By Jay Syrmopoulos —
Located roughly 20 miles north of La Crosse in the Coulee Region of the Mississippi Valley, Galesville features beautiful rolling hills, towering cliffs, forests and spring-fed streams. In fact, in 2008, Galesville was awarded the prestigious Scenic Beauty Award from Citizens for a Scenic Wisconsin.
The history of Galesville begins with a man named George Gale purchasing over 2,000 acres of land, which included the location of Galesville, his namesake city.
In January 1854, Gale organized the new county of Trempealeau after securing the right to water power on Beaver Creek. He then chose the location of Galesville as the county seat and obtained a charter for a university, Galesville College (renamed Gale College in the 1890s). In the summer of 1854, the first building was erected and a grist mill was built by AH Armstrong. Shortly after, Ryland Parker opened the location’s first hotel and grocery store. One of the first settlers to the new town was BF Heuston, who relocated from Trempealeau and built his cabin on the eventual site of the first county courthouse.
Work on Galesville College was started in 1858, the preparatory department opened in the courthouse during the summer of 1859, and the collegiate department opened in the fall of 1861. Gale College was permanently closed in June 1939 due to dwindling enrollment. In modern times, the Old Main building of Gale College has been restored by the Old Main Historical & Community Arts Center, which the group rents out to hold events and fundraisers, while another of the buildings is being used as a kindergarten.
Trempealeau’s first county fair was held in the fall of 1859 in Galesville, and Galesville’s first newspaper, the Galesville Transcript, was established in 1860. This was a time of great prosperity, in which many houses were built.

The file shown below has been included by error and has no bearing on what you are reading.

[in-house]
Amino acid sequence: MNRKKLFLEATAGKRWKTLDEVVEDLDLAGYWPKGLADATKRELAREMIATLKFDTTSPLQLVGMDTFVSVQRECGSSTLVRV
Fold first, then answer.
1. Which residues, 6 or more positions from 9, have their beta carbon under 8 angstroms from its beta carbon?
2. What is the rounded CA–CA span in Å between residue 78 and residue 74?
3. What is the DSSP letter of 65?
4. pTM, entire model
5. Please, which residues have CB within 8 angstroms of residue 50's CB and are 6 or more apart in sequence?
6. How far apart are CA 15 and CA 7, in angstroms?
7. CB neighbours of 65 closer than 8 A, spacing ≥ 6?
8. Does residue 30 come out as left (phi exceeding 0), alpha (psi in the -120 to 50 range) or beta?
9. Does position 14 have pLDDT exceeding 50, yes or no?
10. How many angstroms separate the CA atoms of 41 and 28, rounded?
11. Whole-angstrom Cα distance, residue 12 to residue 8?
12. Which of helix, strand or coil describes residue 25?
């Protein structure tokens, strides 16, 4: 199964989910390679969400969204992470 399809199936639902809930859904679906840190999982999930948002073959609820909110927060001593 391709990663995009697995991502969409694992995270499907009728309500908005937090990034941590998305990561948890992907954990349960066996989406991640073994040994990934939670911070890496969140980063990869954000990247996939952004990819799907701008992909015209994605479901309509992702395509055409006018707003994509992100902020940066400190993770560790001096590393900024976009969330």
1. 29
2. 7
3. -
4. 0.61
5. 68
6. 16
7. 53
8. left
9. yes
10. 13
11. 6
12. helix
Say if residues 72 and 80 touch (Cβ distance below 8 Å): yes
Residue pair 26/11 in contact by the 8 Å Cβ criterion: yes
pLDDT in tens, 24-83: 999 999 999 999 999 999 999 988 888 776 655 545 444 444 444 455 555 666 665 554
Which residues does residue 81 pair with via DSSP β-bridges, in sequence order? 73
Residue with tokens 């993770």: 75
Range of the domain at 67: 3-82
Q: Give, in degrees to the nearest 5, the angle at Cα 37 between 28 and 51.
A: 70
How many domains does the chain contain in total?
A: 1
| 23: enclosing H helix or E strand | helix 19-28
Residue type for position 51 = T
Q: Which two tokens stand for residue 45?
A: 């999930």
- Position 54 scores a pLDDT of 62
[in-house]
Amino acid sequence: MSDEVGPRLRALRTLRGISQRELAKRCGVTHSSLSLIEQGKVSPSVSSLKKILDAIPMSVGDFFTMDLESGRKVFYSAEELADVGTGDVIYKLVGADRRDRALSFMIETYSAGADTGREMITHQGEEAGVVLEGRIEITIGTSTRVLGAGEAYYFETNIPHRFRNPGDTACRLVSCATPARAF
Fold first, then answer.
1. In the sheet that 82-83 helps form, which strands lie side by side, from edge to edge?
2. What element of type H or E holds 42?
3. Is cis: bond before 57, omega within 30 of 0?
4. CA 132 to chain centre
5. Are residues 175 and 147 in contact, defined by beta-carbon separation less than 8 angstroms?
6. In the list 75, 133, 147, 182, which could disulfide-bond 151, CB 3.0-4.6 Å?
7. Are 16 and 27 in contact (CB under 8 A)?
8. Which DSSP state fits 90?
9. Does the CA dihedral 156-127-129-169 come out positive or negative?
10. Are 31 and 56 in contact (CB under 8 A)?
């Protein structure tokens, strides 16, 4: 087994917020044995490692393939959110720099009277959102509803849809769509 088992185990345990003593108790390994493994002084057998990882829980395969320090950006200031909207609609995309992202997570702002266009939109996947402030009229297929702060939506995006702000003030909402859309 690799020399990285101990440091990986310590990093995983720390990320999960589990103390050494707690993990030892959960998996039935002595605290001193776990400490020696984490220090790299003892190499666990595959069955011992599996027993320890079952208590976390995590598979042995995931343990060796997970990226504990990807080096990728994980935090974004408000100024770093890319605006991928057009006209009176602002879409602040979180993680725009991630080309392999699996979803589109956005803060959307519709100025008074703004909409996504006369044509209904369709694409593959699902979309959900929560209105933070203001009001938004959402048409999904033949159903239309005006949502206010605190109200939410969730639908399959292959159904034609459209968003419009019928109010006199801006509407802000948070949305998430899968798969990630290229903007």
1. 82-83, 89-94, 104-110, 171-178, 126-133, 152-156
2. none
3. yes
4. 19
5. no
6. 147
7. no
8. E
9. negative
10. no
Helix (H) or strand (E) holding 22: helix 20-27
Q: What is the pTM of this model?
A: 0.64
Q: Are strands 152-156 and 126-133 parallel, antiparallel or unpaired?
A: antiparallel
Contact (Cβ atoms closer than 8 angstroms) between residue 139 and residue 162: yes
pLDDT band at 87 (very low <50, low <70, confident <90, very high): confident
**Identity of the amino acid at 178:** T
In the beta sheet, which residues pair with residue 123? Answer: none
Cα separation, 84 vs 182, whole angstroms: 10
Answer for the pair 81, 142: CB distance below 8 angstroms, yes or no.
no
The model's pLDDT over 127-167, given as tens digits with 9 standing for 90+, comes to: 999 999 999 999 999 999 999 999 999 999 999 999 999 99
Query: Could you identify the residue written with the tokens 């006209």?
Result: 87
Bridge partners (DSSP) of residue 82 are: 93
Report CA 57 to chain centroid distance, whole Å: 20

Galesville was built around a town square with houses and businesses arranged in New England fashion.
In modern times, one of the biggest local events is the Galesville Apple Affair, which draws thousands of people from across the region to Galesville’s downtown square on the first Saturday in October. Allyn Kaste, who owned Kaste’s Morningside Orchard, started this annual family tradition in 1983 to promote Wisconsin’s apple orchards. The centerpiece of the celebration is the baking of a 10-foot homemade apple pie. This giant pie takes 483 pounds of apples, 70 pounds of crust, 125 pounds of streusel, and 91 pounds of cinnamon-sugar mixture, weighing in at a whopping 789 pounds! When he first started the tradition, Kaste worked to build an oven that could hold the pie. He ended up with a 12-by-12-foot oven on wheels that can be rolled over the enormous dessert.
“The pie is too heavy to move, so we had to move the oven,” Kaste told the La Crosse Tribune in 2009. “It’s not a world record, but it’s probably the biggest pie you will ever see.”
In addition to the massive apple pie, area orchards set up stands where visitors can purchase apples and apple treats from local growers. There are also many craft makers and artisans selling fine, handmade products in the parking lot across from the Square. The smell of hot dogs and bratwurst wafts through the air as the sound of live music from the big tent treats your ears to a wholly festive atmosphere.
Additionally, those looking to work off some of the calories from all the good food can enjoy the Apple Affair Bike Tour, which includes hundreds of bicyclists who spend most of the day touring the Galesville apple orchards and the surrounding area on bicycle. The scenery of this “Garden of Eden” is spectacular and the event is a perfect family affair. While the first Apple Affair Bike Tour attracted 42 bicyclists who rode the 28.7-mile loop from downtown Galesville through the orchards, the event has grown substantially in popularity over the years, sometimes with more than 200 bicyclists participating.